Species of the Month: Crown of Thorns


The Crown of Thorns is a beautiful multiarmed sea star that holds a notorious reputation around Indo-Pacific waters for being dangerous to shallow coral reefs. They are a corallivores animal, meaning they prey on a primary diet of coral polyps, causing serious damage to unprotected coral. Adults can grow to a diameter of around 12 inches, the majority of which is covered by their large circular bodies of which their short arms protrude from. Their surface is covered by long sharp spines that carry a harmful venom. These spines have no injecting mechanism, however the venom can be carried by tissues if punctured by the spines causing a stinging pain, inflammation, and persistent bleeding as the toxins prevent blood clotting; so watch out! Fortunately Crown of Thorns are relatively easy to spot while diving due to their size and exotic colours which are often displayed as warning colours for would-be predators.

Crown of Thorns

As mentioned, the Crown of Thorns are a danger to coral reefs due to their predatory habits. To begin feeding, first the sea star must station itself on a coral surface and excretes its stomach out underneath its body to spread to the full reach of its diameter. It then secretes a powerful enzyme that begins to break down the coral exoskeleton in order to filter and absorb the nutrients from the liquefied coral tissue. This does not kill the coral, but leaves the bare skeleton very vulnerable to infestation by several algae which prevents rejuvenation.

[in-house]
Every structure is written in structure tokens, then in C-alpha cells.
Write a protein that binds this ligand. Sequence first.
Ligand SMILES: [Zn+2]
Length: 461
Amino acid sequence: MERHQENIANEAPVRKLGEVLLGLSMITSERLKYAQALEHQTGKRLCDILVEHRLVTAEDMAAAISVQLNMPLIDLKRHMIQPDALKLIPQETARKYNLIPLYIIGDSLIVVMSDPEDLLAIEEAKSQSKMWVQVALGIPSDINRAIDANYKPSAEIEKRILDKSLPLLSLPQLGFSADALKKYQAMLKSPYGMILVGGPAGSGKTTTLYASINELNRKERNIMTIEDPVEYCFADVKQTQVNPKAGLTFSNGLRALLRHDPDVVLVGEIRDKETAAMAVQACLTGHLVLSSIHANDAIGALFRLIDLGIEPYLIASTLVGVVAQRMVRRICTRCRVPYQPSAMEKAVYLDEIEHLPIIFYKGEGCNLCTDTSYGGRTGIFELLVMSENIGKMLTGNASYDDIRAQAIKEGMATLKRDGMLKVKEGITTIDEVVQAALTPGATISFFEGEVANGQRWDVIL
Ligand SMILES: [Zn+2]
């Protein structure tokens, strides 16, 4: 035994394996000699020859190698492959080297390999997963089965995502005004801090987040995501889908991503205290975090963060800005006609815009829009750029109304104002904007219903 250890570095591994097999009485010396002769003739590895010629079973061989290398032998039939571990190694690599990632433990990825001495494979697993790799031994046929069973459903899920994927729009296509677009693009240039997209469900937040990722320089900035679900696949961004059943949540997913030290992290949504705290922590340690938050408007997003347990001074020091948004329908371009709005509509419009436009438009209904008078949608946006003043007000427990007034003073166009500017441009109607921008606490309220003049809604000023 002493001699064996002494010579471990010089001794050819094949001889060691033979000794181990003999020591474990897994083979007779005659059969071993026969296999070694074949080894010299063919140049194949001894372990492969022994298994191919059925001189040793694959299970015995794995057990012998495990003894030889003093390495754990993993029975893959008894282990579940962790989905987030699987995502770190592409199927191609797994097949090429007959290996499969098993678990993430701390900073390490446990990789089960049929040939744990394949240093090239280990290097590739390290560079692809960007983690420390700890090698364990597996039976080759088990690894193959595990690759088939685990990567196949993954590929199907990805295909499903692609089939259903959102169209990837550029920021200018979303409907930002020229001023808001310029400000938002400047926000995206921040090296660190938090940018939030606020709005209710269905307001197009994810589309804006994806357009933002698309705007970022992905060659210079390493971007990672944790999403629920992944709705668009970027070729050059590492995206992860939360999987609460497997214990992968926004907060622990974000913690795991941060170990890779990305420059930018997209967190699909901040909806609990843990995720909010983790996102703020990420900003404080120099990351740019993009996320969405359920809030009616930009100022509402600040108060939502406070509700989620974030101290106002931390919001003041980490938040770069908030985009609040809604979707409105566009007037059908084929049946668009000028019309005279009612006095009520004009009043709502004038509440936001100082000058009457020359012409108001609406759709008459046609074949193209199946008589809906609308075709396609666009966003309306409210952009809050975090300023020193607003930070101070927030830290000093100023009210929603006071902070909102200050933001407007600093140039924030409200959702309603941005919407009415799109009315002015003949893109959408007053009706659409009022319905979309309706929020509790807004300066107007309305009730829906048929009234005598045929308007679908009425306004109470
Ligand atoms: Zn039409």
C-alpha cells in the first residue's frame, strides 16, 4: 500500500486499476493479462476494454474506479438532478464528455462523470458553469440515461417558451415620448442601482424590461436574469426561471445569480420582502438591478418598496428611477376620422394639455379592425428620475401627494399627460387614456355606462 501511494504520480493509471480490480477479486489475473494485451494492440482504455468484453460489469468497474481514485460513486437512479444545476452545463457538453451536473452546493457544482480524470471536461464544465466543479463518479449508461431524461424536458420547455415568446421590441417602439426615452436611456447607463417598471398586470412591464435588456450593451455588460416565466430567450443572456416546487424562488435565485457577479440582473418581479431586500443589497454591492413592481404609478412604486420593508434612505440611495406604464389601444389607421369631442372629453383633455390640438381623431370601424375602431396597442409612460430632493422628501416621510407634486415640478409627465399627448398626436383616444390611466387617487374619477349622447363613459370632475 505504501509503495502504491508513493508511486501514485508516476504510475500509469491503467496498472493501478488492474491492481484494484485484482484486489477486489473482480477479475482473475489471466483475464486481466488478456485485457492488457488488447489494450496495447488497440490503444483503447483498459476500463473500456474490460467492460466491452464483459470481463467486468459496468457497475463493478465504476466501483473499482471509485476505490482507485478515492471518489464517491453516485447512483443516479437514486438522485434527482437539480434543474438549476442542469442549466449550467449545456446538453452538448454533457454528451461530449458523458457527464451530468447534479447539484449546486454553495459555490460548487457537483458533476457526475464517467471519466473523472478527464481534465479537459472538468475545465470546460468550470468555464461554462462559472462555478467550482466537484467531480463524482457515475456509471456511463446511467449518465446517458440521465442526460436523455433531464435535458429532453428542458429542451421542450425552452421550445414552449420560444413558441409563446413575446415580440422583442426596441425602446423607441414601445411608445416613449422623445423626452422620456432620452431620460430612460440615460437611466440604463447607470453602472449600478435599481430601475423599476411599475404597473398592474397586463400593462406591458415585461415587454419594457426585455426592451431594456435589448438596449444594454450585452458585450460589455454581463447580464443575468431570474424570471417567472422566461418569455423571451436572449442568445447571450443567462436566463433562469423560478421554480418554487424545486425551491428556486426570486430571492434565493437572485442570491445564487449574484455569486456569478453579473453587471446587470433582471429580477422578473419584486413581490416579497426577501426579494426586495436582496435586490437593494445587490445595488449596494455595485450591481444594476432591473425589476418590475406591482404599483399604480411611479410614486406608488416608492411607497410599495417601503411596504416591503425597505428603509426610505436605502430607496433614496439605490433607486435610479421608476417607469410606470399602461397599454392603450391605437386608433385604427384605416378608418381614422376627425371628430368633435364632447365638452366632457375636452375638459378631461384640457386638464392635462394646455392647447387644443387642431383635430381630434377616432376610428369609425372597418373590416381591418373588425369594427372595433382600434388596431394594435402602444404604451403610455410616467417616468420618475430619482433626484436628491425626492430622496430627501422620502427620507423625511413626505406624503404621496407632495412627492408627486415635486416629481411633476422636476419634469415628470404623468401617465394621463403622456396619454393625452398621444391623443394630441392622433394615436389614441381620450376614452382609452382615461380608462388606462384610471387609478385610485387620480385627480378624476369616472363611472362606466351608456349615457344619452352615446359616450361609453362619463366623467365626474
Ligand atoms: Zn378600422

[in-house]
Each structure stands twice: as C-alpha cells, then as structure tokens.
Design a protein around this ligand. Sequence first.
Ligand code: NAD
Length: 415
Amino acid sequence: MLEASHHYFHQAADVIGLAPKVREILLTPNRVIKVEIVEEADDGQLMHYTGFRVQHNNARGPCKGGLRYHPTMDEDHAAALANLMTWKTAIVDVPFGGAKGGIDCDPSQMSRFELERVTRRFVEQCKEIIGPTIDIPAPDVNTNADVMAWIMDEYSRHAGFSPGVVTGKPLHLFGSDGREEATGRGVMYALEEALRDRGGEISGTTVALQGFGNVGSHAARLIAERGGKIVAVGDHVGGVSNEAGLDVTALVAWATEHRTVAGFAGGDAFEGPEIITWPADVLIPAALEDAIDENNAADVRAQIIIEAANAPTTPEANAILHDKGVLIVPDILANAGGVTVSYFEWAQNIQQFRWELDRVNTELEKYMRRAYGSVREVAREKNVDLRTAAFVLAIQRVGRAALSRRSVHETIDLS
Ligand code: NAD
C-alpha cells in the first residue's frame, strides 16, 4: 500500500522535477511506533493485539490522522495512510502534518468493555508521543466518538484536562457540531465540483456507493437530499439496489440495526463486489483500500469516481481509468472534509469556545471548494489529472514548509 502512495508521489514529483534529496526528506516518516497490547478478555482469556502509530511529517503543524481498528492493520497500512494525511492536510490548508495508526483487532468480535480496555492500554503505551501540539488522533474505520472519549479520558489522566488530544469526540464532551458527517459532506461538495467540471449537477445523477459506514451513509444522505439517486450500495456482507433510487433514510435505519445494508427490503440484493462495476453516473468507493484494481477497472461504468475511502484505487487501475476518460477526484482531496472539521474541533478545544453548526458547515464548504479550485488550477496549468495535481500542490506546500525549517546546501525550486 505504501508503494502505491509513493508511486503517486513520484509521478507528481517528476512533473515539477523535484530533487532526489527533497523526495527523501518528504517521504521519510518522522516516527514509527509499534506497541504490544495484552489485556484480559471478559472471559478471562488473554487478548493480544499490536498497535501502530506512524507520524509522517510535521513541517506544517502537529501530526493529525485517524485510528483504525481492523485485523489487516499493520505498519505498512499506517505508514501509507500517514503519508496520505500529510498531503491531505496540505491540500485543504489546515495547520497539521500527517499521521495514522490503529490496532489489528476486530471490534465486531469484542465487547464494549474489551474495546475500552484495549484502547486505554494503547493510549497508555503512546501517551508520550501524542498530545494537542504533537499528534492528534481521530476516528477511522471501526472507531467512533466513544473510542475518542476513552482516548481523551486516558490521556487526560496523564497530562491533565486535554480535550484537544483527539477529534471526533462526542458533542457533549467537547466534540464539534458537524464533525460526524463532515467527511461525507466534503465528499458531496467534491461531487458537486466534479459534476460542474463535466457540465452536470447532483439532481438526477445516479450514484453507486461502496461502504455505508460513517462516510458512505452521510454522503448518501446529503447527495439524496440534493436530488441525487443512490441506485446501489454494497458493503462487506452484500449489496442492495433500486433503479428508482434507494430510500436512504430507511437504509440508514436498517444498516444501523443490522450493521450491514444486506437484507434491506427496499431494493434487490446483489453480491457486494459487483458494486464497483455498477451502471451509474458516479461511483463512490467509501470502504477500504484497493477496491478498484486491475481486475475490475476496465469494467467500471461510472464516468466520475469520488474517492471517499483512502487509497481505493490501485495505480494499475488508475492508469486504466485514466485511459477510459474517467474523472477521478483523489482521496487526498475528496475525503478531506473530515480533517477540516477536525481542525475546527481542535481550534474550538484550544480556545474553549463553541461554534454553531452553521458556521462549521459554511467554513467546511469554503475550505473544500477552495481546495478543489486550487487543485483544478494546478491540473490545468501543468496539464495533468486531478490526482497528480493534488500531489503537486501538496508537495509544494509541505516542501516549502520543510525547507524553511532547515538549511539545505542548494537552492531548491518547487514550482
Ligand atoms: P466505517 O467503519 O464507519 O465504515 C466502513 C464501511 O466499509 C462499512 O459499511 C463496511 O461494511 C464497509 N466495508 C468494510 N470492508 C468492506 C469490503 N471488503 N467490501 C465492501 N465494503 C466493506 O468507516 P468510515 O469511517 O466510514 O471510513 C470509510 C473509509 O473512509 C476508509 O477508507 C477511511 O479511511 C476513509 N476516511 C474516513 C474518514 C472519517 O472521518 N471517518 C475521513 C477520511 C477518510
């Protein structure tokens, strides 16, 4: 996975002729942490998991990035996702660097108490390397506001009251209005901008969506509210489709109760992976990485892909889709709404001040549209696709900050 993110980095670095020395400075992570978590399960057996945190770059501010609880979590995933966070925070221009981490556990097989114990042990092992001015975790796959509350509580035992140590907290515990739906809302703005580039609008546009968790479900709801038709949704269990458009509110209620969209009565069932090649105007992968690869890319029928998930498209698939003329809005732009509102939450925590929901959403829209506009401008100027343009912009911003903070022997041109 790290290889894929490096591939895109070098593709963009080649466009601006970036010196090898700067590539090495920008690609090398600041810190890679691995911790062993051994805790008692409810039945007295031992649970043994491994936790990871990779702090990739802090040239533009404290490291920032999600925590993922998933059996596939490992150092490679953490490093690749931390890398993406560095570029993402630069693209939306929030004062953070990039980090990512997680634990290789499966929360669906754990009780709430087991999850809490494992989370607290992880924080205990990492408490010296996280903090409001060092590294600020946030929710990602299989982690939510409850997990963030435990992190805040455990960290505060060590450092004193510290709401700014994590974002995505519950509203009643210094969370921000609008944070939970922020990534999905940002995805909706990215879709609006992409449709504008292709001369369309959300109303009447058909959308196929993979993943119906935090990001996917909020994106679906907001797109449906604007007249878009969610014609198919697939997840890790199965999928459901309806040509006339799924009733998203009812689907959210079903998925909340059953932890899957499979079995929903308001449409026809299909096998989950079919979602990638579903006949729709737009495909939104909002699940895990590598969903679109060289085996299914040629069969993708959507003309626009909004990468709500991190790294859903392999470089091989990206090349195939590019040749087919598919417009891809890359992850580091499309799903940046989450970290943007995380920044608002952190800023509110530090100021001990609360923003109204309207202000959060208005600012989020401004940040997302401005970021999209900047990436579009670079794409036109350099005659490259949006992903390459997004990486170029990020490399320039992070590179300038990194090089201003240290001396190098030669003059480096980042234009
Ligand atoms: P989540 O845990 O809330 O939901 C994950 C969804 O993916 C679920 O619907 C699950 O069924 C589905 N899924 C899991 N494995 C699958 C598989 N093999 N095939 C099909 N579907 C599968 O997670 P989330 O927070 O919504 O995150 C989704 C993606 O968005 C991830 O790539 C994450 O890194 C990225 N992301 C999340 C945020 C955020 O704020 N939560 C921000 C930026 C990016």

This is a natural part of the ecosystem in most cases, and prevents fast growing coral like Staghorn or Table coral from out competing slow growing coral like Boulder or Massive coral. However, an increasing population of these predatory sea stars in one area can have a harmful effect on the health of a coral reef ecosystem. The Great Barrier Reef has had such an outbreak in recent years where the Crown of Thorns were thought to be consuming coral at a faster rate than its growth. This can indirectly affect marine species that rely on coral reefs for habitats, protection and food. Population ‘booms’ are thought to be caused by an increase in oceanic phytoplankton, which may in turn be caused by land run-off containing nutrient rich fertilisers from increased industrial farming methods. This allows many more Crown of Thorns larvae to reach maturity than naturally; and considering a single female can produce 65 million eggs in a single spawning season, this could become a huge problem of overpopulation if left uncontrolled.

Crown of Thorns2

To prevent coral destruction in vulnerable areas, divers are starting to introduce a number of measures to control Crown of Thorns population sizes. Manual dismemberment is sometimes implemented, but ill-advised due to the likelihood of harmful contact in addition to the sea stars potential ability to regenerate. The most effective and humane way to reduce population sizes is through the injection of salts or chemicals that are deadly to sea stars, but pose no threat to other marine life. Coral scientists and conservation organisations are now even inventing autonomous sea star killing drones to help control population outbreaks and protect valuable coral reefs.

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